“24 If I had not done among them the works no one else did, they would not be guilty of sin. As it is, they have seen, and yet they have hated both me and my Father. 25 But this is to fulfill what is written in their Law: ‘They hated me without reason.’”
“4 I sought the Lord, and he answered me and delivered me from all my fears.
5 Those who look to him are radiant, and their faces shall never be ashamed.
6 This poor man cried, and the Lord heard him and saved him out of all his troubles.”
I found Jason yesterday – probably more like he let me find him (Jason – read part one in the blog titled “Bridges of Western Ave.”). Met him on the corner of Western and North. Earlier he told a friend of his that he didn’t want to talk to me, yet he let me find him.
When we were talking, he said he didn’t want to talk to me because I’m just another person he has disappointed. How can I be disappointed? Addictions aren’t for everyone (very fortunately). How could I be disappointed I asked? I was worried, crying for him, wanting him to heal – disappointed isn’t one of the reactions, nor is hate for being used by him, because I know it’s insanity.
It’s like the insanity of being disappointed in (or hating on) God. Makes no sense really. The behavior is insane. Insanity reigns. The world didn’t listen to Him. Neither did Jason. Neither do I.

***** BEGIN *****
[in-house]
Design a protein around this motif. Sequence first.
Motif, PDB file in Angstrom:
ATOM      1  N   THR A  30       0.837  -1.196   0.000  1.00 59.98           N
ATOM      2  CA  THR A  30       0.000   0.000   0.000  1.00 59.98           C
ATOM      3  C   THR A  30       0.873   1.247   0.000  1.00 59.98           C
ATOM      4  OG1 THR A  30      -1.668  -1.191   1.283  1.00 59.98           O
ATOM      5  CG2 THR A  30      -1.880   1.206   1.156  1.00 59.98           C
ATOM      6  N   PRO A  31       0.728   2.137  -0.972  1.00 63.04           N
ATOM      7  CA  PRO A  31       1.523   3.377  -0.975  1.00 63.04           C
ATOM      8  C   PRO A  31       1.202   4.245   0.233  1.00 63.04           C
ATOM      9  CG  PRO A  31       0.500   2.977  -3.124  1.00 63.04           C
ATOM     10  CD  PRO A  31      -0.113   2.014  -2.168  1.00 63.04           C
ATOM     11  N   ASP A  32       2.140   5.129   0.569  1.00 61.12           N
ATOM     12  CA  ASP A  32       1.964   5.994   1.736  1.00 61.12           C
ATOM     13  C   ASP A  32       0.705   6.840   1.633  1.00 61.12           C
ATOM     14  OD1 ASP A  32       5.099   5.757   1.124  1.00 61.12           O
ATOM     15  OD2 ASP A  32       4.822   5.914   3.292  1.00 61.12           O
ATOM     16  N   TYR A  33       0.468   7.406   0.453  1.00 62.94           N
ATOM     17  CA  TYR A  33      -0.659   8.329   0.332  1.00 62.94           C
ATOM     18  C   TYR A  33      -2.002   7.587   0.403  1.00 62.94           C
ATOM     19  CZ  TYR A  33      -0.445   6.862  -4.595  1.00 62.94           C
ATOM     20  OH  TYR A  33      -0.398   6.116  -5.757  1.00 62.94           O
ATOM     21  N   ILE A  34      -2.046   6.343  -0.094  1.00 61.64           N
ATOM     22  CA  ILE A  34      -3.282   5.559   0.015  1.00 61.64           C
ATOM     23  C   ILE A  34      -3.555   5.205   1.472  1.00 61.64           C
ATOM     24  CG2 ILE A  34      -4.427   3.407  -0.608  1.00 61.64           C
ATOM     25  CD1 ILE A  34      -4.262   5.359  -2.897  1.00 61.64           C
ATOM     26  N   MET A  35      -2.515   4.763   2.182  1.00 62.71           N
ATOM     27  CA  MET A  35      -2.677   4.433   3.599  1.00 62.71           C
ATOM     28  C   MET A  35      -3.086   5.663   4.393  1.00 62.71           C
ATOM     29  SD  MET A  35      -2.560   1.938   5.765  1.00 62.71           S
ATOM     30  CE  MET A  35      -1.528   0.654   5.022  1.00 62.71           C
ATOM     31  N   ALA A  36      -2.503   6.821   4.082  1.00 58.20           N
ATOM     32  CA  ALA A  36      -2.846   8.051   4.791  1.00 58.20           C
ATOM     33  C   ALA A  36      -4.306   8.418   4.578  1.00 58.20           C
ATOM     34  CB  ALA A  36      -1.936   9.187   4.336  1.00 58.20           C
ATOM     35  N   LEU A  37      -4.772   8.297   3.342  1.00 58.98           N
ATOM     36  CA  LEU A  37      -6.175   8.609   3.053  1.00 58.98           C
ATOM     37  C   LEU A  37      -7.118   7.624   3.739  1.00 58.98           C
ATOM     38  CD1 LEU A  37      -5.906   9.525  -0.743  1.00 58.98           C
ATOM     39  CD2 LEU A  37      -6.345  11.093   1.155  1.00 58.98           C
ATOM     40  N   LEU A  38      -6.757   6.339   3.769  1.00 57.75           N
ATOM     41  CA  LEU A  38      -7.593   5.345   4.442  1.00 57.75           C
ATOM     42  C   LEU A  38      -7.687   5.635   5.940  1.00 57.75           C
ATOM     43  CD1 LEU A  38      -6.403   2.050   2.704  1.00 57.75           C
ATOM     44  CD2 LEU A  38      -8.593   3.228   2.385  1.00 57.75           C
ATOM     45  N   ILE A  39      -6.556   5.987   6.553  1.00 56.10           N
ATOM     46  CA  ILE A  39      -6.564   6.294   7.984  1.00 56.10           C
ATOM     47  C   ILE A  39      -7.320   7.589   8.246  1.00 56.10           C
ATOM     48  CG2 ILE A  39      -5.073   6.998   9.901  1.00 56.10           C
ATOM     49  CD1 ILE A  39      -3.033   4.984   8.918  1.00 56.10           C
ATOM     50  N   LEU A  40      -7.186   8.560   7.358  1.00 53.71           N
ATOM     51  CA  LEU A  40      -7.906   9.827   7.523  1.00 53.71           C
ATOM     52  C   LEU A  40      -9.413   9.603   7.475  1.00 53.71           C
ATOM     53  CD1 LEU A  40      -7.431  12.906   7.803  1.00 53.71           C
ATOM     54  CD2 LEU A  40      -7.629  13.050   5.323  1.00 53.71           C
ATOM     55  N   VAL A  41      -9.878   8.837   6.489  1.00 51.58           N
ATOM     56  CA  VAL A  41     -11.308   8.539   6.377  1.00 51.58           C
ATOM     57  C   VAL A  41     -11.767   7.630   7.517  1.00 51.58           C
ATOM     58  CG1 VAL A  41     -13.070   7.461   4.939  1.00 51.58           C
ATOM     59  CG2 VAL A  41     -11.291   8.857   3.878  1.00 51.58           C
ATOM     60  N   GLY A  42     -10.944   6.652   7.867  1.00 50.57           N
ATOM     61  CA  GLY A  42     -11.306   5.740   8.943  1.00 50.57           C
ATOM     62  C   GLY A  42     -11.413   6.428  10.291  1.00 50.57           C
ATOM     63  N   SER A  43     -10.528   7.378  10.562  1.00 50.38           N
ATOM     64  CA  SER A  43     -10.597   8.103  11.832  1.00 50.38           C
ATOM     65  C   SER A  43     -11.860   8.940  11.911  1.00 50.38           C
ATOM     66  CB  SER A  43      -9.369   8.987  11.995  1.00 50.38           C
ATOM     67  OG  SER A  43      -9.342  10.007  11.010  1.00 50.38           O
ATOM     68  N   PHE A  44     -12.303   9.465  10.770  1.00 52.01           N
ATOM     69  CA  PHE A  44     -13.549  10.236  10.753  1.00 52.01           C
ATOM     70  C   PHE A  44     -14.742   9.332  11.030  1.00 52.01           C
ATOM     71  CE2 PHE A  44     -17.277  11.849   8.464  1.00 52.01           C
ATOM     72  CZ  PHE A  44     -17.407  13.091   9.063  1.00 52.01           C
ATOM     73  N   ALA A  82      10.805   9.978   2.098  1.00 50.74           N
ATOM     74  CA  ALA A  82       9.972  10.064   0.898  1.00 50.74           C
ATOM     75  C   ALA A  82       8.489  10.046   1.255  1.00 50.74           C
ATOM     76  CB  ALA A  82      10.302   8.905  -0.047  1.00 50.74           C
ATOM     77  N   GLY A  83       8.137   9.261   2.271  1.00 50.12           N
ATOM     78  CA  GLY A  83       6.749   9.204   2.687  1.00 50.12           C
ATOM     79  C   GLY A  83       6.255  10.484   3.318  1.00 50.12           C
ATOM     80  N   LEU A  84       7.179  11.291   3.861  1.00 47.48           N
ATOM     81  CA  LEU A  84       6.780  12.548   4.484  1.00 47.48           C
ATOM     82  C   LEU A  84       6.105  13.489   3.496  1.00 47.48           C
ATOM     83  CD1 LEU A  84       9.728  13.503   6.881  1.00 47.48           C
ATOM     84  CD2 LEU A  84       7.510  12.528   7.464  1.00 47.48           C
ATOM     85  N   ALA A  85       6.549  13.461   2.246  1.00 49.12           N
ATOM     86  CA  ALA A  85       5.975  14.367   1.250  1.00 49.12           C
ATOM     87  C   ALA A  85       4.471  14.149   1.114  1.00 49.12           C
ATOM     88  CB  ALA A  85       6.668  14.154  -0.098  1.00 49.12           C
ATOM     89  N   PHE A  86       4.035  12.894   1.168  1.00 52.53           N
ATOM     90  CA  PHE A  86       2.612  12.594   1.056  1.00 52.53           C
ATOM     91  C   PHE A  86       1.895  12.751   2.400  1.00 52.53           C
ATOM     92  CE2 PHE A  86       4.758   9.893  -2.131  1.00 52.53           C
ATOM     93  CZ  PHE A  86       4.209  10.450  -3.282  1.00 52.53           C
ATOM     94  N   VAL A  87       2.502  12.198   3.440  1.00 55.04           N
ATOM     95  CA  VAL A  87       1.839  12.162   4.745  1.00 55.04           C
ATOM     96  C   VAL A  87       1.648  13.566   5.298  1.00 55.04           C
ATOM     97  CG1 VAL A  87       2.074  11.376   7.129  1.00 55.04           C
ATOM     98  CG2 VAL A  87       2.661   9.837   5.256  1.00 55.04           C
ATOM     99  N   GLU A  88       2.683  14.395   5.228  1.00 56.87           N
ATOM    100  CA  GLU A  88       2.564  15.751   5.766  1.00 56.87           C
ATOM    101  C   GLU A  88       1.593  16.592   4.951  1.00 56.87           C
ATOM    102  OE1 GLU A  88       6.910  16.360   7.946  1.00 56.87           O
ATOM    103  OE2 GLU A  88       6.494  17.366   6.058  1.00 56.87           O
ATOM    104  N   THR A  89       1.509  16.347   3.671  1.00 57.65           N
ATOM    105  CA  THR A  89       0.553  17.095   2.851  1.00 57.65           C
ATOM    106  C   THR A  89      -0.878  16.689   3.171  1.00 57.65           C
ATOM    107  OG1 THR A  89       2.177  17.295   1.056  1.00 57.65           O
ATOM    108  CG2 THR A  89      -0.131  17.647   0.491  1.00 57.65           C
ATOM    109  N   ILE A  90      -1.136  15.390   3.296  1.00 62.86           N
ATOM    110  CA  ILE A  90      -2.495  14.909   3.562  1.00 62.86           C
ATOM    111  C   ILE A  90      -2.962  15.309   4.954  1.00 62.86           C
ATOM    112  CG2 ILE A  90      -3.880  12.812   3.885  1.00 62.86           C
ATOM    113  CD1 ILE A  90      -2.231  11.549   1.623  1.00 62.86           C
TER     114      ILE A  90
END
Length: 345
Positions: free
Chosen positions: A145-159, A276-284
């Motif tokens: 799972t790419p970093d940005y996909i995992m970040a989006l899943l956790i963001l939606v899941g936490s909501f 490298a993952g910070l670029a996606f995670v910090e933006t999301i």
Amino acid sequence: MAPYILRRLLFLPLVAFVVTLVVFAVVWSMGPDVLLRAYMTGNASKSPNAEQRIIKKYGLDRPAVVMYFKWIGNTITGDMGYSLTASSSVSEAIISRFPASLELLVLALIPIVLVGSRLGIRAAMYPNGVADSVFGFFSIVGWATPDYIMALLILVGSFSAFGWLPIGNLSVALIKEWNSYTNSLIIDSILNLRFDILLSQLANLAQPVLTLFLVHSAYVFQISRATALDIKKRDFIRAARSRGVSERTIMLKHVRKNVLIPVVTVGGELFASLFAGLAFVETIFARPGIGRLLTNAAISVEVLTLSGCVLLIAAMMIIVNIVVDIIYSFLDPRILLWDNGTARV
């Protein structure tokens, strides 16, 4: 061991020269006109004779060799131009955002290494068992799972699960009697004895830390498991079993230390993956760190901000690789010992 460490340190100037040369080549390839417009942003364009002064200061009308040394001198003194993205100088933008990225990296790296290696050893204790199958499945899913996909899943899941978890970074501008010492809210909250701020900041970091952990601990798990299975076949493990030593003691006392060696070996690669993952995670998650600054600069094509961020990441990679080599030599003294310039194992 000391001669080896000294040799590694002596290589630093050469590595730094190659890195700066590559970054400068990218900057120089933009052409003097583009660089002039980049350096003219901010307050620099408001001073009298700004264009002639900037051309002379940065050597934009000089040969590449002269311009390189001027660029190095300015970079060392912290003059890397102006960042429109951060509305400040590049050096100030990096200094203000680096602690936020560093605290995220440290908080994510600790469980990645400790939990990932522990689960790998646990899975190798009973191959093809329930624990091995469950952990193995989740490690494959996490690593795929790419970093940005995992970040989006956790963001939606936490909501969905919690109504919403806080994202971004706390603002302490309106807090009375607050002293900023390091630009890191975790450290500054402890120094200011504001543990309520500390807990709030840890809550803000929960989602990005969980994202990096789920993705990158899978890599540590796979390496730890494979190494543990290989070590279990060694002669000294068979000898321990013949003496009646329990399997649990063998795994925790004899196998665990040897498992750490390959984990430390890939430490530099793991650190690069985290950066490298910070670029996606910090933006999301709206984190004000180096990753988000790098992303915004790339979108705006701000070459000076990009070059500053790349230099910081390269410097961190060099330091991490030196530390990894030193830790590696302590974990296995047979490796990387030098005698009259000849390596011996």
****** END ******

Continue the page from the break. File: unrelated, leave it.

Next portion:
At Burger King I let him know that it’s about love, not hate and disappointment; that He loves us and we all fail every day, yet He continues to love us. We talked awhile. Took him over to a place that could help expedite him though the system. Gave him money that was going to be for the fishing licence this weekend for his diabetes meds, bus fare, and probably a fix. Jason knows though, he had already realized he doesn’t have another one (another round of going back out there) in him and had started the process back. This is his last time one way or the other I’m thinking.
We spoke of accountability and hands that lift up but don’t hand out, about burned bridges and forgiveness, about brokenness and love. Pray for Jason.
The picture today is not what it seems at first glance. It’s a reflection off smooth water. The guy on the street isn’t what he seems either. He’s Jason. He’s broken, like his life, like his dreams. He’s like us. Pray for Jason and everyone like him.
In the still of the morning up here at the lake I’ve been coming to since I was a few months old, the loons and crows are both talking somewhere out there. One’s a hauntingly beautiful sound, the other is just ugly noise. It’s like the choice we have about how we live and what we worship.
The sound of the loon, a reflection captured, a life in balance, a choice to make.
Pray for Jason and everything he is to you/me/us.